Now, this conversation is happening right now in Broward County. School board members there are debating. They are trying to figure out if students will be wearing masks or not, if it will be mandatory or not. And here's what's happening outside. Take a listen.


UNIDENTIFIED FEMALE: What are you going to do, discriminate him? Are you going to bully him into wearing a mask?

UNIDENTIFIED FEMALE: That's not what we do. We love our students.

UNIDENTIFIED FEMALE: I don't believe that. I want my child to go to school free and unmasked. I want my child to get a quality education.

UNIDENTIFIED FEMALE: We have job to do for our children. And our job is to voice and speak for our children. That's our right. Absolutely.

UNIDENTIFIED FEMALE: So you have your rights to your mask.

UNIDENTIFIED FEMALE: You have your right to your mask. We should have our right to unmask.


FLORES: Ana, there's a lot of division on this. Now, I did ask the governor's office about this growing number of school districts that are issuing mask mandates and allowing students to opt out. And the governor's office says that all of the school districts out there are okay, except for two, and that's the Leon and also Alachua County.

Now, according to the governor's office, these two counties don't have an opt out option for all students and that is what the governor's office has an issued with according to its executive order. Ana? CABRERA: And yet I know the superintendent of Leon County has said he couldn't, with conscience, not move forward with that mandate in his district.

Let's head to Texas now. Ed Lavandera is in Dallas for us. What's the lay of the land there today, Ed?

ED LAVANDERA, CNN SENIOR NATIONAL CORRESPONDENT: Well, kind of a similar argument and similar fight that you're seeing, a slightly different style of bubbling below the surface here in large part because Governor Greg Abbott hasn't really come out and responded directly to the two school districts that have announced they will require masks from students, teachers and administrators when classes resume here in the next week.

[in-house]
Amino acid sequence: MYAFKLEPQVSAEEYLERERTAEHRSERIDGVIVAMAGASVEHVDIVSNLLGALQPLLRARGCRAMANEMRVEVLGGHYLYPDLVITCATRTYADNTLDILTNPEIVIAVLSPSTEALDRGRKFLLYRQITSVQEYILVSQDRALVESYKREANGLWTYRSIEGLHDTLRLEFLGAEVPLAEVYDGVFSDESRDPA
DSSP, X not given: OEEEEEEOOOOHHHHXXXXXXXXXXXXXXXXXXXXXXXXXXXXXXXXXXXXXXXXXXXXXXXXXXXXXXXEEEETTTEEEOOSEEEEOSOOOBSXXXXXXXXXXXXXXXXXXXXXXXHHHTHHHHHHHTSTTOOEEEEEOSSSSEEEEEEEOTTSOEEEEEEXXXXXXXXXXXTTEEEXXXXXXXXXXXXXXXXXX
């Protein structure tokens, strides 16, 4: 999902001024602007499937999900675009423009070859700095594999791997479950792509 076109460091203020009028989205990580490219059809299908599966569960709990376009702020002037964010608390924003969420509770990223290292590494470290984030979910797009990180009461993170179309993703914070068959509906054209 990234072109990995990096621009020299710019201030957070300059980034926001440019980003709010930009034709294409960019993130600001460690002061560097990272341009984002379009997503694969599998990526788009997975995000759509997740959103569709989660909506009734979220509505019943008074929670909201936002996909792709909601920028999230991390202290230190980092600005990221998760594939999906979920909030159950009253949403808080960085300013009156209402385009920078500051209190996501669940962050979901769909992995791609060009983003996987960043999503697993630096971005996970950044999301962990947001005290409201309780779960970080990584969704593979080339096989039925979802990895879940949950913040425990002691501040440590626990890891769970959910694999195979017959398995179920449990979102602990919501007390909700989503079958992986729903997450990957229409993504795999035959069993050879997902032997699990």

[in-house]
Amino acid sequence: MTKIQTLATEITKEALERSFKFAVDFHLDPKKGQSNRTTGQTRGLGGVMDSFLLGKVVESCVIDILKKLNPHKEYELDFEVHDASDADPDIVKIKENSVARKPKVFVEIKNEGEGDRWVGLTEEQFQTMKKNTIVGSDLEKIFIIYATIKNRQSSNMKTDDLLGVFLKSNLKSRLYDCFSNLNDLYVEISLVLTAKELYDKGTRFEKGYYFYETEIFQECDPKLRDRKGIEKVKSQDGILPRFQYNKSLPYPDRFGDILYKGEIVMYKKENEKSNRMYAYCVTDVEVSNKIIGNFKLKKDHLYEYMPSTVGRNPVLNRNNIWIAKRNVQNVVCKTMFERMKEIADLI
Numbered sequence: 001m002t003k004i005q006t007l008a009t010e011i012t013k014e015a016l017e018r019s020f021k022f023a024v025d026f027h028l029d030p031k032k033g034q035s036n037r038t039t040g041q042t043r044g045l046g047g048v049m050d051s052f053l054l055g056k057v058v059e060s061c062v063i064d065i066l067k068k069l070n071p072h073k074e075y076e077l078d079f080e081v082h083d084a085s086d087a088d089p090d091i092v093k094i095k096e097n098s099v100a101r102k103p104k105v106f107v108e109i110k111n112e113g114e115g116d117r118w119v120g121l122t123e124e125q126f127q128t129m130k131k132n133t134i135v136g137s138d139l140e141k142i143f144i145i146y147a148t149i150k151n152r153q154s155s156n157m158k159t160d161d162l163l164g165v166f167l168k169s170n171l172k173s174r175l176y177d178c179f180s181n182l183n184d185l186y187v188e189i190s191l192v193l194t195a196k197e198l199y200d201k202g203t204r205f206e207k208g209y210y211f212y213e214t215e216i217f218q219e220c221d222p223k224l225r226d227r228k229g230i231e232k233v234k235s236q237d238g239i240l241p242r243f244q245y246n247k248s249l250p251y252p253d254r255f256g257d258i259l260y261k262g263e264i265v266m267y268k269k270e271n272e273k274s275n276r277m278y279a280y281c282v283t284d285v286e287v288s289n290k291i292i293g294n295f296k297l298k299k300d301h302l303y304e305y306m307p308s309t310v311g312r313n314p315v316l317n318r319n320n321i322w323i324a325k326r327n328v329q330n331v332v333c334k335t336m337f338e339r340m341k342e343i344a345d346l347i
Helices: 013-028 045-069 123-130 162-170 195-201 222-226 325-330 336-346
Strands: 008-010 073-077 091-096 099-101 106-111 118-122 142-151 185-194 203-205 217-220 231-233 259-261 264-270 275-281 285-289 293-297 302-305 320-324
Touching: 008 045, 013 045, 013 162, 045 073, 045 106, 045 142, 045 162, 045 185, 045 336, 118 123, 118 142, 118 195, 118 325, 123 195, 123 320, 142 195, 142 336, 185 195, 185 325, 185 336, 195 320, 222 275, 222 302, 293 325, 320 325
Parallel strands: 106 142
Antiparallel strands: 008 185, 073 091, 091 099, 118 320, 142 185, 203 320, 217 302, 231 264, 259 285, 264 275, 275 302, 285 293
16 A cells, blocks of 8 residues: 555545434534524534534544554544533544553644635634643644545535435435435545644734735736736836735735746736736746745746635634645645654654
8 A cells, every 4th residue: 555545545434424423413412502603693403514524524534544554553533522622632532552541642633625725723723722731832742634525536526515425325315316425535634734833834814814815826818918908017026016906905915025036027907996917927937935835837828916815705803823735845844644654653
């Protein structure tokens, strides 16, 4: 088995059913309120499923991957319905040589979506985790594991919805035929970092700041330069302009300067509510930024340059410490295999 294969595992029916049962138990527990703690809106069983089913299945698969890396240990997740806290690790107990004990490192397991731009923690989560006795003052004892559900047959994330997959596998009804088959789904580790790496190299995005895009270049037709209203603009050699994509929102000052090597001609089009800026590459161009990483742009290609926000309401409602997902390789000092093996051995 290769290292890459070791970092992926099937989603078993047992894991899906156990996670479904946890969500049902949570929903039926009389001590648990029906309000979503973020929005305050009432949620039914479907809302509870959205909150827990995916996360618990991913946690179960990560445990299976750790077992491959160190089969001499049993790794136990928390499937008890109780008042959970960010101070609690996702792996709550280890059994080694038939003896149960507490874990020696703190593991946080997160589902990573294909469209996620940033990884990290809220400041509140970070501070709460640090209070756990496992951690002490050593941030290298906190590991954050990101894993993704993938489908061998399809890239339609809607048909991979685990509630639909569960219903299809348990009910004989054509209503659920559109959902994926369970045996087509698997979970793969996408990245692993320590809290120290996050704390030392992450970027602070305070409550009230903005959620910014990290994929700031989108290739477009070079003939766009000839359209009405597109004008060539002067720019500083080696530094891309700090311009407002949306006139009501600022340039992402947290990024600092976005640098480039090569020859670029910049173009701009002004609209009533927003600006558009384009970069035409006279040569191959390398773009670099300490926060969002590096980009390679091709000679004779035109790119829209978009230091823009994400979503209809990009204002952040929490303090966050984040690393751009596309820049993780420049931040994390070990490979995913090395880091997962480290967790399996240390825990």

Dallas and Austin School Districts are saying that they will require these mask mandates on Thursday night. Houston School District will meet them and it's expected that school district as well will join in essentially going against the mandate that the governor here in Texas has issued, who has been saying for weeks that, at this point, it's the, quote, personal responsibility of Texans to help get the coronavirus under control.

But that is a style of governing that is coming as the number of hospitalizations continue to skyrocket in this state. We're in about 9,400 people hospitalized with COVID. We haven't seen numbers that high in Texas since early February. And because of that, the Dallas school superintendent says he needs to be able to put this mask mandate in place.


STEPHANIE ELIZALDE, SUPERINTENDENT, AUSTIN INDEPENDENT SCHOOL DISTRICT: I recognize that in a society where interests conflict, there can be no absolute response that will rest with all of our constituents or stakeholders. That being said, I am responsible for the safety, the health and welfare of each and every one of our students and our staff. And if I error, I must error on the side of ensuring that we have been overly cautious, not that we have fallen short.



LAVANDERA: That was the superintendent of Austin schools.